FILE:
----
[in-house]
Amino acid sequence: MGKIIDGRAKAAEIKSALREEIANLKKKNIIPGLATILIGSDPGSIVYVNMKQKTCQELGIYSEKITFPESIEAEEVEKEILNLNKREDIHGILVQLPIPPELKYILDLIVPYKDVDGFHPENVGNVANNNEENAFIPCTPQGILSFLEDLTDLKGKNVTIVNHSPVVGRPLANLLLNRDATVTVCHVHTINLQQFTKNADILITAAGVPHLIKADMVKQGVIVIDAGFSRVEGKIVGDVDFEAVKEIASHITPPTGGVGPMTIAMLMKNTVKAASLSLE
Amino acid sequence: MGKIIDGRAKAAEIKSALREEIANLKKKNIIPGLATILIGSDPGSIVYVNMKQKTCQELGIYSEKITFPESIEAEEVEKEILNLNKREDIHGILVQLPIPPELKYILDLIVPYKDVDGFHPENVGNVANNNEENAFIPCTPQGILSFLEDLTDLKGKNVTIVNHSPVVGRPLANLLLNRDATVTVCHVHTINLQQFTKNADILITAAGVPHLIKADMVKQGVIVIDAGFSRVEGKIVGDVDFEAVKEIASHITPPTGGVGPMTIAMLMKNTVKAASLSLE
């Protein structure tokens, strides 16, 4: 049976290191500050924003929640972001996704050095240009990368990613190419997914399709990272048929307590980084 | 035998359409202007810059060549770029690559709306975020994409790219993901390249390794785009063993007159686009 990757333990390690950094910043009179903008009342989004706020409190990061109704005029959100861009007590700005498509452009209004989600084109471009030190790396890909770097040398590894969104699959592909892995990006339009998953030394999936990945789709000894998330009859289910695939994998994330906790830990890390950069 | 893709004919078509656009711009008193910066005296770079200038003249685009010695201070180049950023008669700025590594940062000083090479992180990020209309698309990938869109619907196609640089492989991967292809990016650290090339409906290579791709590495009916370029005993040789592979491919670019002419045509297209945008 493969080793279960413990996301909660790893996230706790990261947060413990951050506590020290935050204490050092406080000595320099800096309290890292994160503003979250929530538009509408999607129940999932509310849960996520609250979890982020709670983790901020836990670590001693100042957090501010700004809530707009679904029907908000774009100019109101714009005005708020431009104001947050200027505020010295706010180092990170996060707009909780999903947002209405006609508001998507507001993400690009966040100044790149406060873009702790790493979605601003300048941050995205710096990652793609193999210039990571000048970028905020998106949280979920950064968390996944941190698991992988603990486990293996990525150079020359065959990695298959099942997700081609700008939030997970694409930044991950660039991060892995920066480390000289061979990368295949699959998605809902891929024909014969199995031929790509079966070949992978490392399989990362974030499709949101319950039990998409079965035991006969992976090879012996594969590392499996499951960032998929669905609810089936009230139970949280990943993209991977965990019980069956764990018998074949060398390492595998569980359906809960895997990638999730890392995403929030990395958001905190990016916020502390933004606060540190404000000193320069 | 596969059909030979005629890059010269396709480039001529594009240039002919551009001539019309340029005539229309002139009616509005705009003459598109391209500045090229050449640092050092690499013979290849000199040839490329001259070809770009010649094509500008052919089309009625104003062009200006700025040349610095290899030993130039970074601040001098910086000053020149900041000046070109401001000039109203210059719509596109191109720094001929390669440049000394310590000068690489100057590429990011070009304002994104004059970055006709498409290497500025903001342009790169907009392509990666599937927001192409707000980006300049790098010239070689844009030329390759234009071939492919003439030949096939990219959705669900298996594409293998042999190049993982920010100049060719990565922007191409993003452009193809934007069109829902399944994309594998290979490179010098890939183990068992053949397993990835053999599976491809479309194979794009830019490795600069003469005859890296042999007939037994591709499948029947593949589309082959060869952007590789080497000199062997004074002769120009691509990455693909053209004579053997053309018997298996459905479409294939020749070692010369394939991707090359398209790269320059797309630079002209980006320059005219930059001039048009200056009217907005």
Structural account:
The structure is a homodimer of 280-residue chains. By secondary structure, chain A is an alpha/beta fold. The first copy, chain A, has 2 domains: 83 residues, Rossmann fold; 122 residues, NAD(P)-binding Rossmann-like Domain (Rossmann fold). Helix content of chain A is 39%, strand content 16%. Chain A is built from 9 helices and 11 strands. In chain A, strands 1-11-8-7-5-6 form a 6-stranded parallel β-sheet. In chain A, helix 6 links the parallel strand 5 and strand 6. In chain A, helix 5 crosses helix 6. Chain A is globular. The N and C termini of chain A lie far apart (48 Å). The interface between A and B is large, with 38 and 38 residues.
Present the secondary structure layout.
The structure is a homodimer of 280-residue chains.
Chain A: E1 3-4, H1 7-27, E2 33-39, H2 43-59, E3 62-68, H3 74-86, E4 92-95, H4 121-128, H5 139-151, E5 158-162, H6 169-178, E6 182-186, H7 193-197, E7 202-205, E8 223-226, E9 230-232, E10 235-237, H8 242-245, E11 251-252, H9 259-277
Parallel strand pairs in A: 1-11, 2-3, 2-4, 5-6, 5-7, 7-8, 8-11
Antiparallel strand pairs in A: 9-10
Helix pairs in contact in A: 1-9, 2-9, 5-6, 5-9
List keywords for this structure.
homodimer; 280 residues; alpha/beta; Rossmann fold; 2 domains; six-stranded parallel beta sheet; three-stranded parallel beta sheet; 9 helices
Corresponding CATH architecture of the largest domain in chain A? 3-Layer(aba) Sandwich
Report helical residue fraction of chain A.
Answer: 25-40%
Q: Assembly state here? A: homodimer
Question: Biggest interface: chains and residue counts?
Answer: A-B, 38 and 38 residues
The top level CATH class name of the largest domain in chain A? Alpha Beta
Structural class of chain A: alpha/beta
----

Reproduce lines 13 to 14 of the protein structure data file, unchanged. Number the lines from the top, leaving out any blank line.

List keywords for this structure.
homodimer; 280 residues; alpha/beta; Rossmann fold; 2 domains; six-stranded parallel beta sheet; three-stranded parallel beta sheet; 9 helices